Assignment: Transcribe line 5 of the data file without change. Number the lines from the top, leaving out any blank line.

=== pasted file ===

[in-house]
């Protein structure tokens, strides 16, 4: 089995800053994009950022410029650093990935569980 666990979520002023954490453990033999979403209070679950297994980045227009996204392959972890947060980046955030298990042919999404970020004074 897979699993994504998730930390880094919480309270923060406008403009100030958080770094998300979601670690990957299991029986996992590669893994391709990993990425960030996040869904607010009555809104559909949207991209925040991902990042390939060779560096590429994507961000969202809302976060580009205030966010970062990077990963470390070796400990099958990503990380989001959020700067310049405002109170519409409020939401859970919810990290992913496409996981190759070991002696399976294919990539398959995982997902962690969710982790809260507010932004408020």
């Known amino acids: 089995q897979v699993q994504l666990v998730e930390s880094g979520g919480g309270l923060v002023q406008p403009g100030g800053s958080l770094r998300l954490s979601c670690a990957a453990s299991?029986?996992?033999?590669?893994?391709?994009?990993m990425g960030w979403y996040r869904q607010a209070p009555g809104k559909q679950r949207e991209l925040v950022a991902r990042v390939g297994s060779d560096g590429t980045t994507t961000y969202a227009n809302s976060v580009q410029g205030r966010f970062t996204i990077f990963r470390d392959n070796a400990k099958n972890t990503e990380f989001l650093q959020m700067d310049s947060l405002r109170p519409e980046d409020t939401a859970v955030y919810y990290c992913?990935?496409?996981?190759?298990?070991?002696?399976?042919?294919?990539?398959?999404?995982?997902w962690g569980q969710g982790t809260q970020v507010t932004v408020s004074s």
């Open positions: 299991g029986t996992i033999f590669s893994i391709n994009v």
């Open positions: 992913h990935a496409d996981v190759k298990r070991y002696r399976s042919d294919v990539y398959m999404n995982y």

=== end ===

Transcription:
């Open positions: 992913h990935a496409d996981v190759k298990r070991y002696r399976s042919d294919v990539y398959m999404n995982y």